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Saturday mail may stop
Residents sound off on proposal
4 Saturday Mail pic
Post office worker Crystal Ross helps customer Chuck Wilson, left, March 5 at the Dawsonville Post Office. - photo by Frank Reddy Dawson Community News

Dawson County residents spoke their piece last week on the U.S. Postal Service’s plans to cut Saturday deliveries.

  

Some felt it was a necessary measure in the midst of a down economy. Like Amy Lee, a Dawsonville resident.

  

“It’s better than them laying folks off,” said Lee on March 5, as she exited the Dawsonville post office. “If it saves somebody a job, they should do whatever they can to cut costs.”

  

After reporting net losses annually since 2007, the postal service outlined steps to trim its expenses, including a five-day delivery schedule.

  

According to the plan, titled “Ensuring a Viable Postal Service for America: An Action Plan for the Future,” eliminating Saturday deliveries could save about $3 billion annually.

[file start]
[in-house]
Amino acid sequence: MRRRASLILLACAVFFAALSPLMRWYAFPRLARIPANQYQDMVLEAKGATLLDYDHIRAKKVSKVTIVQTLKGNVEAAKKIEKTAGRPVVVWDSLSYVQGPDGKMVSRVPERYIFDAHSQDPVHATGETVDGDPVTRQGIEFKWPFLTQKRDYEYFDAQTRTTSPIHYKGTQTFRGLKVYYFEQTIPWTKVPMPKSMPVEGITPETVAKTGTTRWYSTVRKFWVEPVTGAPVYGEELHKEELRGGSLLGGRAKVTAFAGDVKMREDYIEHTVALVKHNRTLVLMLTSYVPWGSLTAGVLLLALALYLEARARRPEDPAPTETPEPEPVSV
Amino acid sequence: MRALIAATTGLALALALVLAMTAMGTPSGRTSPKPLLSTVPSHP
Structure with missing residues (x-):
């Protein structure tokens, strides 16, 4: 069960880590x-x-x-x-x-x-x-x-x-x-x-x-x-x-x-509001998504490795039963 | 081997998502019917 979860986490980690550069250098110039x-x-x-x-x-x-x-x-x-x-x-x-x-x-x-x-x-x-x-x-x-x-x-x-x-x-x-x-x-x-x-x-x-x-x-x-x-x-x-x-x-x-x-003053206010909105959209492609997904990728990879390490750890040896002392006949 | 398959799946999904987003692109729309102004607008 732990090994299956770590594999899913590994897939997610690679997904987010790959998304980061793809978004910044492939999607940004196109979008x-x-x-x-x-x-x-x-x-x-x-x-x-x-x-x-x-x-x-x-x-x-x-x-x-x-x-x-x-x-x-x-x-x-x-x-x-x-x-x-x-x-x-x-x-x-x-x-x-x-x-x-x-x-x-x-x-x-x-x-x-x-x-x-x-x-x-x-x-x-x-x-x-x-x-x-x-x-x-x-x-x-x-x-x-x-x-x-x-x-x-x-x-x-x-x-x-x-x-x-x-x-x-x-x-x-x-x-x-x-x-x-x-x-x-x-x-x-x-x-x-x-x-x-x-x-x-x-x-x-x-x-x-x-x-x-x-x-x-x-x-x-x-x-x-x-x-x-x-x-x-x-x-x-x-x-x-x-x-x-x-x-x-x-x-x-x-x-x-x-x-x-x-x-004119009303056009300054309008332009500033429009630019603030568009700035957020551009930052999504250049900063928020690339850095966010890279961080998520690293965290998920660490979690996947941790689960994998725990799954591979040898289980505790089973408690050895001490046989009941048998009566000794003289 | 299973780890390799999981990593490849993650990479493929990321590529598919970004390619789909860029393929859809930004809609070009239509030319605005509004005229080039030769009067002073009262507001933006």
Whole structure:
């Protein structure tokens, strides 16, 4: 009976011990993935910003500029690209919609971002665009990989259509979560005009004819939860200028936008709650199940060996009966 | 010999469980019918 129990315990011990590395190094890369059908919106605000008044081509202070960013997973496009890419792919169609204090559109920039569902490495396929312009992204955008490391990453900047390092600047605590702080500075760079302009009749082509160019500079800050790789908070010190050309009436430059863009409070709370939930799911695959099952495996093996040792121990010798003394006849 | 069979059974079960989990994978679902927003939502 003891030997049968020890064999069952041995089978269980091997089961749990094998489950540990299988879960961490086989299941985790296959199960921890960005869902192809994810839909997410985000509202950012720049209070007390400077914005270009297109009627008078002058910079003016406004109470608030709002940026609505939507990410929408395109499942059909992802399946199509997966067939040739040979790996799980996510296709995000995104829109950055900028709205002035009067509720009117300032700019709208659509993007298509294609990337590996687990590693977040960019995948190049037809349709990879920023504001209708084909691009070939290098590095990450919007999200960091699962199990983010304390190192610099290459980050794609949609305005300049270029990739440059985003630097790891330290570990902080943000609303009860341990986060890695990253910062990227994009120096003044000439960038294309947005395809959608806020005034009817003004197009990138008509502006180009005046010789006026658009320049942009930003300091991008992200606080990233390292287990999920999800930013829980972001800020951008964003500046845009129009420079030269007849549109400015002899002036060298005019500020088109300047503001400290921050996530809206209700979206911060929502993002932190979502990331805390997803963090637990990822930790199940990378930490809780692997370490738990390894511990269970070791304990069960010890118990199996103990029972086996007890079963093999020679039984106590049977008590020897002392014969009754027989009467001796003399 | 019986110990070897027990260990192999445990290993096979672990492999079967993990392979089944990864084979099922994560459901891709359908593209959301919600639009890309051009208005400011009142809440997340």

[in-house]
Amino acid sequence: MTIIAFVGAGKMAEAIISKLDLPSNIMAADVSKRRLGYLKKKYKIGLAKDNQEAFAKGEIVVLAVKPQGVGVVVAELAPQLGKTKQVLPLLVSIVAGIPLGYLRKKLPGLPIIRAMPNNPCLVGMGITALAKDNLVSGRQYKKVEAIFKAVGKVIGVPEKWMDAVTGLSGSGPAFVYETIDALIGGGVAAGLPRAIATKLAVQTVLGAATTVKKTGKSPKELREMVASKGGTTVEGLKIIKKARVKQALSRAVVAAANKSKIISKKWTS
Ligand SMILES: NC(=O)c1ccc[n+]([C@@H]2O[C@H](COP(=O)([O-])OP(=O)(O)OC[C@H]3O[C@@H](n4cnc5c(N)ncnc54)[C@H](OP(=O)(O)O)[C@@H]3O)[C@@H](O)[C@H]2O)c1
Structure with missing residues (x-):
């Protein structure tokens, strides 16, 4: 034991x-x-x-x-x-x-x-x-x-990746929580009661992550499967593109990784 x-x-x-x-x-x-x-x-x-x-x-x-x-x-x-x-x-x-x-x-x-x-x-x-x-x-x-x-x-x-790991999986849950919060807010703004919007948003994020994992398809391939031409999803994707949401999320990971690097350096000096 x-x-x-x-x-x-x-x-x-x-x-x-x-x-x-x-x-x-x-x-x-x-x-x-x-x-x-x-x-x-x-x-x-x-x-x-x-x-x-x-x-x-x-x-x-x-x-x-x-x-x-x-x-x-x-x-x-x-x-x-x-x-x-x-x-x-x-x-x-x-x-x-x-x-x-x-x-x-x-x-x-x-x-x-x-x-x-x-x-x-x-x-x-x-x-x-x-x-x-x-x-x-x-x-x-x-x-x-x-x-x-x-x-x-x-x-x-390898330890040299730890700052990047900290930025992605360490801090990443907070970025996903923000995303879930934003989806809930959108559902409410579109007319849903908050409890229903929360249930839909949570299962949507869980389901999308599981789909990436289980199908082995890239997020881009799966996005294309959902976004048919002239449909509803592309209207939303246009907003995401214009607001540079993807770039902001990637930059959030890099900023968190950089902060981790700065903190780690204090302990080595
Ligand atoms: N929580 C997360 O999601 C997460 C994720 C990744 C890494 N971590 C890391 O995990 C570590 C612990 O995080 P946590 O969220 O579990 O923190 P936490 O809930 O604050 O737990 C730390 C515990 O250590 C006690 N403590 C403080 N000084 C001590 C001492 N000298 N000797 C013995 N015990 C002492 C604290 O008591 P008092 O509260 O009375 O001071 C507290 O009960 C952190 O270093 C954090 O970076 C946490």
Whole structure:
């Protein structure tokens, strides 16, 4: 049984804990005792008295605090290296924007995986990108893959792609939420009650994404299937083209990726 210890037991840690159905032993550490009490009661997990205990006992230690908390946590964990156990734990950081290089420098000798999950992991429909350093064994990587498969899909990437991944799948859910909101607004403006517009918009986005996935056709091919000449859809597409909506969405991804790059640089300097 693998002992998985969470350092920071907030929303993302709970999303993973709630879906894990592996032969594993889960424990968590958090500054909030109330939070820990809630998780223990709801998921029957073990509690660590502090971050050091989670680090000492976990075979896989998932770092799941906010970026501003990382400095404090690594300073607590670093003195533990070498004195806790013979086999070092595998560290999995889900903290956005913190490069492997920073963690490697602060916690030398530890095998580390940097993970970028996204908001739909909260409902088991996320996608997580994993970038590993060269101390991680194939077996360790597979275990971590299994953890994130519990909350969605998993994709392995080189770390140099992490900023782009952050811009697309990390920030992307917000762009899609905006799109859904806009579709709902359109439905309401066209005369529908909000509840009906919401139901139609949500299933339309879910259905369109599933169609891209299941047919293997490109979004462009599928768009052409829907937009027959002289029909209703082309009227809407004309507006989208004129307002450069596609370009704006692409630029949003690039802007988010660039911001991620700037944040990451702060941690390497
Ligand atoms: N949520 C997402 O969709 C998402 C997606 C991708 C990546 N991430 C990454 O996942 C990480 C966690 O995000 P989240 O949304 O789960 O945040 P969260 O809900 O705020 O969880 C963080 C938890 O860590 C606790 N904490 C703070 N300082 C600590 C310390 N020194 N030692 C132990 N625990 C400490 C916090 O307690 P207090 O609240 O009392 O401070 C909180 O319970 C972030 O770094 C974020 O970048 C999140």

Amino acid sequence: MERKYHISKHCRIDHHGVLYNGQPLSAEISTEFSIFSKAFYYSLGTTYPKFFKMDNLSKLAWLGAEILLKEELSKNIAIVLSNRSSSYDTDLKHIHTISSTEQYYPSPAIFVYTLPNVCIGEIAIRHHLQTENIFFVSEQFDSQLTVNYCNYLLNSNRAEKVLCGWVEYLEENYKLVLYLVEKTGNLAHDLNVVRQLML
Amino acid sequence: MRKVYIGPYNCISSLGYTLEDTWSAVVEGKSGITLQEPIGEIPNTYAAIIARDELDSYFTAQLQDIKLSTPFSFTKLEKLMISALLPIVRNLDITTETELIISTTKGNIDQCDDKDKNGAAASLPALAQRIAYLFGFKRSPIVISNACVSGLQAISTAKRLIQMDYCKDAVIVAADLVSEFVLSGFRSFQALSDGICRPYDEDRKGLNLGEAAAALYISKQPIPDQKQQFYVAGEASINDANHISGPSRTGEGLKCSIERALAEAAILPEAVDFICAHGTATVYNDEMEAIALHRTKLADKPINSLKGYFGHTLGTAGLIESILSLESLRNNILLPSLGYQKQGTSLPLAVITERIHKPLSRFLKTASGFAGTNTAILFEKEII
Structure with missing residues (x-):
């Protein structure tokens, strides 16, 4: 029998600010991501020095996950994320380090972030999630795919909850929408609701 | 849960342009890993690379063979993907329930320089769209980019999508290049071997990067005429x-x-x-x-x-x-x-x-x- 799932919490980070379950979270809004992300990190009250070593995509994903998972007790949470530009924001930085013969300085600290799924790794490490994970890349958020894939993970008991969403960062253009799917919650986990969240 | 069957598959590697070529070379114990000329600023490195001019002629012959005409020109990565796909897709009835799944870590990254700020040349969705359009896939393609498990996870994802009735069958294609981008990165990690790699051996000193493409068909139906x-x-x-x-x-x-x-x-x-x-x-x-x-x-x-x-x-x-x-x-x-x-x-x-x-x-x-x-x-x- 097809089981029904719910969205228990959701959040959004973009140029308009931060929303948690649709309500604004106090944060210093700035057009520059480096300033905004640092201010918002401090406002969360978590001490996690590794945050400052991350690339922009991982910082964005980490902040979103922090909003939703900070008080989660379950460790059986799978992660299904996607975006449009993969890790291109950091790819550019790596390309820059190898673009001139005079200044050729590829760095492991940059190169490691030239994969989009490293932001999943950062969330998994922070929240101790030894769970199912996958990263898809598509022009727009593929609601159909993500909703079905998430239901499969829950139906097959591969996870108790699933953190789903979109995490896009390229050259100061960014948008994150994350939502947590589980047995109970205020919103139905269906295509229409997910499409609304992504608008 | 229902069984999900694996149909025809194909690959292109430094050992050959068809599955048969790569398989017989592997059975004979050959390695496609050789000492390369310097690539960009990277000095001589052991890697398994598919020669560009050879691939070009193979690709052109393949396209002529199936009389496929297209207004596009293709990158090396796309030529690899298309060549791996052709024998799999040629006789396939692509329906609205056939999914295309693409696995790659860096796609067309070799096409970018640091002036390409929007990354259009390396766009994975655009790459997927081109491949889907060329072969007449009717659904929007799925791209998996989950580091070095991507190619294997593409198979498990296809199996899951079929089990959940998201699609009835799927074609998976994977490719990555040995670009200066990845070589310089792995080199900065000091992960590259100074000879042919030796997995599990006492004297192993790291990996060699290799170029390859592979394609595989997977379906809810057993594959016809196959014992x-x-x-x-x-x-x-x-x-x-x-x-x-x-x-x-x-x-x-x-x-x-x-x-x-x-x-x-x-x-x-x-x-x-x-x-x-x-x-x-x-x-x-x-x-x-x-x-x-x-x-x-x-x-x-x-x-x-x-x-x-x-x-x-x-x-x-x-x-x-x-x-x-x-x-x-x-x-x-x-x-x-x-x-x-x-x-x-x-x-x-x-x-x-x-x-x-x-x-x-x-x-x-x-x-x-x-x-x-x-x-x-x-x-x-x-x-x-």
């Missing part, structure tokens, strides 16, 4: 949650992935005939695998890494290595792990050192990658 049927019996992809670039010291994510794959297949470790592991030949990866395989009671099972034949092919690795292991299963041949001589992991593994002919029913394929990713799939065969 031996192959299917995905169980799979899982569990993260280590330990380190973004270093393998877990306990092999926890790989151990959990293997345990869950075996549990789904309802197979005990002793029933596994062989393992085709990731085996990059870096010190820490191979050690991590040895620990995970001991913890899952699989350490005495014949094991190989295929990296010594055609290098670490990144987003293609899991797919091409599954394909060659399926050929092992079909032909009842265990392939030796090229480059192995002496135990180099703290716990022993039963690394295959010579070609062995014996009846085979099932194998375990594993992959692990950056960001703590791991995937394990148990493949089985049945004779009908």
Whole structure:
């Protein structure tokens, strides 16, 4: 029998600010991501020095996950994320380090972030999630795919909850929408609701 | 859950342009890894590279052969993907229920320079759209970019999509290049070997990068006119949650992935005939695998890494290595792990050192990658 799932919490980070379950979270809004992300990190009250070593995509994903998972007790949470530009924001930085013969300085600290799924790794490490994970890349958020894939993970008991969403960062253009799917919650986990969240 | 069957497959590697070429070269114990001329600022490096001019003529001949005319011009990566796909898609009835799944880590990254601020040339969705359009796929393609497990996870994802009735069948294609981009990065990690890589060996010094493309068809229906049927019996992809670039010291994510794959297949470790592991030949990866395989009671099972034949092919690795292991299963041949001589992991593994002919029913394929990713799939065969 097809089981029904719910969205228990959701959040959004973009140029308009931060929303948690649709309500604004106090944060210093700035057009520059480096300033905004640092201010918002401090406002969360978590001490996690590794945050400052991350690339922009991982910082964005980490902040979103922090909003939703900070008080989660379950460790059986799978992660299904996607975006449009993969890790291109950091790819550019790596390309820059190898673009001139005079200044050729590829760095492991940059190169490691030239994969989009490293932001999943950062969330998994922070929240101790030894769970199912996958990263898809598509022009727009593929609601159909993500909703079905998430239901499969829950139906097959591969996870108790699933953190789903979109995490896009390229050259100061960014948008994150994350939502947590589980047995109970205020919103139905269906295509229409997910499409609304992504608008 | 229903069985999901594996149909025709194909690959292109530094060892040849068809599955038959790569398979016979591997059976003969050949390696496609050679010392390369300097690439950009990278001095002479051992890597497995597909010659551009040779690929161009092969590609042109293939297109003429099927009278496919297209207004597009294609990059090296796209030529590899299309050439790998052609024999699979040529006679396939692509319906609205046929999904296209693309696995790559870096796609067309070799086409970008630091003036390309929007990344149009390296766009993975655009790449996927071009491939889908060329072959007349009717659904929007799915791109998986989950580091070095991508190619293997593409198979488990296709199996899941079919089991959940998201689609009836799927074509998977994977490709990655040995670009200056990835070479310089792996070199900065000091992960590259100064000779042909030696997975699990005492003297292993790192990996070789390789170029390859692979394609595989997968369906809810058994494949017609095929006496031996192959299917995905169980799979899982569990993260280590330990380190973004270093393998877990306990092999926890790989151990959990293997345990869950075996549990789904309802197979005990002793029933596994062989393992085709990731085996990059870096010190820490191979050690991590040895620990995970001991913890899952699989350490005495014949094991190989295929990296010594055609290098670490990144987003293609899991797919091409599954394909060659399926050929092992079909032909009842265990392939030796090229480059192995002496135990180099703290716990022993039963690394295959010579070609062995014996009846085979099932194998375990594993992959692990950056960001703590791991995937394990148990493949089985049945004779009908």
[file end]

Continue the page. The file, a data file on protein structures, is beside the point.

Michael Miles, spokesman for the Atlanta U.S. Postal Service District, said it would take congressional approval to move the matter forward.

  

“Because six-day delivery is written into the law, we can’t make that change without congressional approval,” said Miles, adding that once approved, five-day delivery could take effect within six months.

  

“The postmaster general has expressed his desire that we implement this as early in 2011 as possible, because obviously everyday is money, and we would like to start reaping the savings as early as possible,” Miles said.

  

That’s all fine with Dawson County resident Roger Cantrell, “as long as it doesn’t slow down delivery worse than it already is.”

  

Cantrell sells items online, and said he currently experiences “crazy lag times for shipping and receiving ... but it’s a recession. They got to do what they got to do.”

  

Miles said the recession has affected the postal service “just like every other business. Our challenge is to deal with the downturn, which has severely affected mail volume, and so as long as the economy is down, mail volume is down, and that affects revenues.”

  

The Atlanta district —covering almost everything north of Macon — has seen a decrease in mail volume of about 14 percent, Miles said.

  

“The alternative,” he said, “is to raise rates, but we do believe this is a good proposal and one of the best steps we can take toward reducing costs.”

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